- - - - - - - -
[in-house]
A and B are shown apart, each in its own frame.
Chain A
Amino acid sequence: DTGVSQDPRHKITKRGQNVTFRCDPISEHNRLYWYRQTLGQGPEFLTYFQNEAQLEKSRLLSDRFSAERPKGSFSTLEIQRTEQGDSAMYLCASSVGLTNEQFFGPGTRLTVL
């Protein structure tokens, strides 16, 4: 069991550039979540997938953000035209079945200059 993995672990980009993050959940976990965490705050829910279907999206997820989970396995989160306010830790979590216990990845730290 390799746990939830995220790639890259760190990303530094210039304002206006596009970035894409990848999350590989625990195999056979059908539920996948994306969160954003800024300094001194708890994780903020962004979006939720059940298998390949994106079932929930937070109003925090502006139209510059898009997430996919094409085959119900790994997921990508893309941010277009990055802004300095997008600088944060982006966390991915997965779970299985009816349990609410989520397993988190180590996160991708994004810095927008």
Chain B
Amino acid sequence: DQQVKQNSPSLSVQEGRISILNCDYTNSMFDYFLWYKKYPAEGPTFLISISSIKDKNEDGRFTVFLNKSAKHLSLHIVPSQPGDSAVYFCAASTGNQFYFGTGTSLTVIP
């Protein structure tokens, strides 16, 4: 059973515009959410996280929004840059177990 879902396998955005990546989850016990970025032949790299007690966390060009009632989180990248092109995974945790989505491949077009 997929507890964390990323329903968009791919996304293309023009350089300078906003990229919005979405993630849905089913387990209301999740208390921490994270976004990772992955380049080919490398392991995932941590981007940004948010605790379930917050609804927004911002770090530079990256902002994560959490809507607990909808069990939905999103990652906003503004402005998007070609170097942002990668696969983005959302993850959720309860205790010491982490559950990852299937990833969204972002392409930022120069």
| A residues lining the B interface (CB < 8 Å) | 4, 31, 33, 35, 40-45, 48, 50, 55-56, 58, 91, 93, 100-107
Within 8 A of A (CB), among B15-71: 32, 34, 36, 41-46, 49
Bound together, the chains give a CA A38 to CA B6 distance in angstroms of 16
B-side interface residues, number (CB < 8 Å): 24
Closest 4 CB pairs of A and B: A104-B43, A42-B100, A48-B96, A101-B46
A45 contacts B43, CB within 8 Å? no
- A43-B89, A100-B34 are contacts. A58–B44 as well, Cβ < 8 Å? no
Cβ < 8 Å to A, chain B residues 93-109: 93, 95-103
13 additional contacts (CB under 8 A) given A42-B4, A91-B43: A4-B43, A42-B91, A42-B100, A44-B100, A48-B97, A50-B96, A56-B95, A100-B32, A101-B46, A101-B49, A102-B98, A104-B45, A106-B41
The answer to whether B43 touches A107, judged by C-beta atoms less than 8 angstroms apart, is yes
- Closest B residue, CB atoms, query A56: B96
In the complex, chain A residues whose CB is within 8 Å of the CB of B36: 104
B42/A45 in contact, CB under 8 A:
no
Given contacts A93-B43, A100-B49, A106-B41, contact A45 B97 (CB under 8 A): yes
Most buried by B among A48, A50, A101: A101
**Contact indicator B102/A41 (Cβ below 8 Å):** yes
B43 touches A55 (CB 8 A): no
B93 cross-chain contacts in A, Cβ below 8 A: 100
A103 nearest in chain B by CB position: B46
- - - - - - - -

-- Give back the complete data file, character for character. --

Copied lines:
[in-house]
A and B are shown apart, each in its own frame.
Chain A
Amino acid sequence: DTGVSQDPRHKITKRGQNVTFRCDPISEHNRLYWYRQTLGQGPEFLTYFQNEAQLEKSRLLSDRFSAERPKGSFSTLEIQRTEQGDSAMYLCASSVGLTNEQFFGPGTRLTVL
């Protein structure tokens, strides 16, 4: 069991550039979540997938953000035209079945200059 993995672990980009993050959940976990965490705050829910279907999206997820989970396995989160306010830790979590216990990845730290 390799746990939830995220790639890259760190990303530094210039304002206006596009970035894409990848999350590989625990195999056979059908539920996948994306969160954003800024300094001194708890994780903020962004979006939720059940298998390949994106079932929930937070109003925090502006139209510059898009997430996919094409085959119900790994997921990508893309941010277009990055802004300095997008600088944060982006966390991915997965779970299985009816349990609410989520397993988190180590996160991708994004810095927008």
Chain B
Amino acid sequence: DQQVKQNSPSLSVQEGRISILNCDYTNSMFDYFLWYKKYPAEGPTFLISISSIKDKNEDGRFTVFLNKSAKHLSLHIVPSQPGDSAVYFCAASTGNQFYFGTGTSLTVIP
């Protein structure tokens, strides 16, 4: 059973515009959410996280929004840059177990 879902396998955005990546989850016990970025032949790299007690966390060009009632989180990248092109995974945790989505491949077009 997929507890964390990323329903968009791919996304293309023009350089300078906003990229919005979405993630849905089913387990209301999740208390921490994270976004990772992955380049080919490398392991995932941590981007940004948010605790379930917050609804927004911002770090530079990256902002994560959490809507607990909808069990939905999103990652906003503004402005998007070609170097942002990668696969983005959302993850959720309860205790010491982490559950990852299937990833969204972002392409930022120069």
| A residues lining the B interface (CB < 8 Å) | 4, 31, 33, 35, 40-45, 48, 50, 55-56, 58, 91, 93, 100-107
Within 8 A of A (CB), among B15-71: 32, 34, 36, 41-46, 49
Bound together, the chains give a CA A38 to CA B6 distance in angstroms of 16
B-side interface residues, number (CB < 8 Å): 24
Closest 4 CB pairs of A and B: A104-B43, A42-B100, A48-B96, A101-B46
A45 contacts B43, CB within 8 Å? no
- A43-B89, A100-B34 are contacts. A58–B44 as well, Cβ < 8 Å? no
Cβ < 8 Å to A, chain B residues 93-109: 93, 95-103
13 additional contacts (CB under 8 A) given A42-B4, A91-B43: A4-B43, A42-B91, A42-B100, A44-B100, A48-B97, A50-B96, A56-B95, A100-B32, A101-B46, A101-B49, A102-B98, A104-B45, A106-B41
The answer to whether B43 touches A107, judged by C-beta atoms less than 8 angstroms apart, is yes
- Closest B residue, CB atoms, query A56: B96
In the complex, chain A residues whose CB is within 8 Å of the CB of B36: 104
B42/A45 in contact, CB under 8 A:
no
Given contacts A93-B43, A100-B49, A106-B41, contact A45 B97 (CB under 8 A): yes
Most buried by B among A48, A50, A101: A101
**Contact indicator B102/A41 (Cβ below 8 Å):** yes
B43 touches A55 (CB 8 A): no
B93 cross-chain contacts in A, Cβ below 8 A: 100
A103 nearest in chain B by CB position: B46